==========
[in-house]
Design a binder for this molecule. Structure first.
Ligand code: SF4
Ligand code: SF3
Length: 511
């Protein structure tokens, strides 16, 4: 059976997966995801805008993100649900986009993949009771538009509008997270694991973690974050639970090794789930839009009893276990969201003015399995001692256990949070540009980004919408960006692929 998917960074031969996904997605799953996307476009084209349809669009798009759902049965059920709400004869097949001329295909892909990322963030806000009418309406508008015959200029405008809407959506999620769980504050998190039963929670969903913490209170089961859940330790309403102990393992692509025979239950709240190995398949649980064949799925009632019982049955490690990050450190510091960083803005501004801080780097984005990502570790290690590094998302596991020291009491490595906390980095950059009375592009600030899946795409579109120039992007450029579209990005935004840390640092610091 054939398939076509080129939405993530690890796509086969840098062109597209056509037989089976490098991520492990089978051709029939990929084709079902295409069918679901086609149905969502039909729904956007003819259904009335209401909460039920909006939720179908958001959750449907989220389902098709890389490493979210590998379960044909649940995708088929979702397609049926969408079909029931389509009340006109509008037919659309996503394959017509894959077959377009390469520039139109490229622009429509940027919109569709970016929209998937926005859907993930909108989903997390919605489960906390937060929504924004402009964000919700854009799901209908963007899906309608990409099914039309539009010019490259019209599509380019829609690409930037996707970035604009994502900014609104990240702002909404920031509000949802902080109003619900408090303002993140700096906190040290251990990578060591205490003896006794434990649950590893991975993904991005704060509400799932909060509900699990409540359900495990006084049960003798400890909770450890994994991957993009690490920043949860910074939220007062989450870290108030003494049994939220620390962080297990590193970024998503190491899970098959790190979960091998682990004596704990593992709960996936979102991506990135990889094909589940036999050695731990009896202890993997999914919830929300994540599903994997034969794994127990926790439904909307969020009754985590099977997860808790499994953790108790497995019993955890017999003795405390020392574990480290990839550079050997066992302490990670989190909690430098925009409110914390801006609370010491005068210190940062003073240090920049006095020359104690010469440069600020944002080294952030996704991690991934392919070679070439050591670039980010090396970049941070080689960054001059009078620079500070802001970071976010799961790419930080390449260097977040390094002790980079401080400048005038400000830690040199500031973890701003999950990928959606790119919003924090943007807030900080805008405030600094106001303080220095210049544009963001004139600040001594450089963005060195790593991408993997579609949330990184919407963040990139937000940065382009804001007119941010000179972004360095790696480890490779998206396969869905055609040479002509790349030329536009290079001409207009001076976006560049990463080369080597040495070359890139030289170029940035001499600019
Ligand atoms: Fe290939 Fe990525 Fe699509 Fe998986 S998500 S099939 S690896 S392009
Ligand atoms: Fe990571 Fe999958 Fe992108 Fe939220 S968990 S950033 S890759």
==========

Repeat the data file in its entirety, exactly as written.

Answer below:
[in-house]
Design a binder for this molecule. Structure first.
Ligand code: SF4
Ligand code: SF3
Length: 511
């Protein structure tokens, strides 16, 4: 059976997966995801805008993100649900986009993949009771538009509008997270694991973690974050639970090794789930839009009893276990969201003015399995001692256990949070540009980004919408960006692929 998917960074031969996904997605799953996307476009084209349809669009798009759902049965059920709400004869097949001329295909892909990322963030806000009418309406508008015959200029405008809407959506999620769980504050998190039963929670969903913490209170089961859940330790309403102990393992692509025979239950709240190995398949649980064949799925009632019982049955490690990050450190510091960083803005501004801080780097984005990502570790290690590094998302596991020291009491490595906390980095950059009375592009600030899946795409579109120039992007450029579209990005935004840390640092610091 054939398939076509080129939405993530690890796509086969840098062109597209056509037989089976490098991520492990089978051709029939990929084709079902295409069918679901086609149905969502039909729904956007003819259904009335209401909460039920909006939720179908958001959750449907989220389902098709890389490493979210590998379960044909649940995708088929979702397609049926969408079909029931389509009340006109509008037919659309996503394959017509894959077959377009390469520039139109490229622009429509940027919109569709970016929209998937926005859907993930909108989903997390919605489960906390937060929504924004402009964000919700854009799901209908963007899906309608990409099914039309539009010019490259019209599509380019829609690409930037996707970035604009994502900014609104990240702002909404920031509000949802902080109003619900408090303002993140700096906190040290251990990578060591205490003896006794434990649950590893991975993904991005704060509400799932909060509900699990409540359900495990006084049960003798400890909770450890994994991957993009690490920043949860910074939220007062989450870290108030003494049994939220620390962080297990590193970024998503190491899970098959790190979960091998682990004596704990593992709960996936979102991506990135990889094909589940036999050695731990009896202890993997999914919830929300994540599903994997034969794994127990926790439904909307969020009754985590099977997860808790499994953790108790497995019993955890017999003795405390020392574990480290990839550079050997066992302490990670989190909690430098925009409110914390801006609370010491005068210190940062003073240090920049006095020359104690010469440069600020944002080294952030996704991690991934392919070679070439050591670039980010090396970049941070080689960054001059009078620079500070802001970071976010799961790419930080390449260097977040390094002790980079401080400048005038400000830690040199500031973890701003999950990928959606790119919003924090943007807030900080805008405030600094106001303080220095210049544009963001004139600040001594450089963005060195790593991408993997579609949330990184919407963040990139937000940065382009804001007119941010000179972004360095790696480890490779998206396969869905055609040479002509790349030329536009290079001409207009001076976006560049990463080369080597040495070359890139030289170029940035001499600019
Ligand atoms: Fe290939 Fe990525 Fe699509 Fe998986 S998500 S099939 S690896 S392009
Ligand atoms: Fe990571 Fe999958 Fe992108 Fe939220 S968990 S950033 S890759």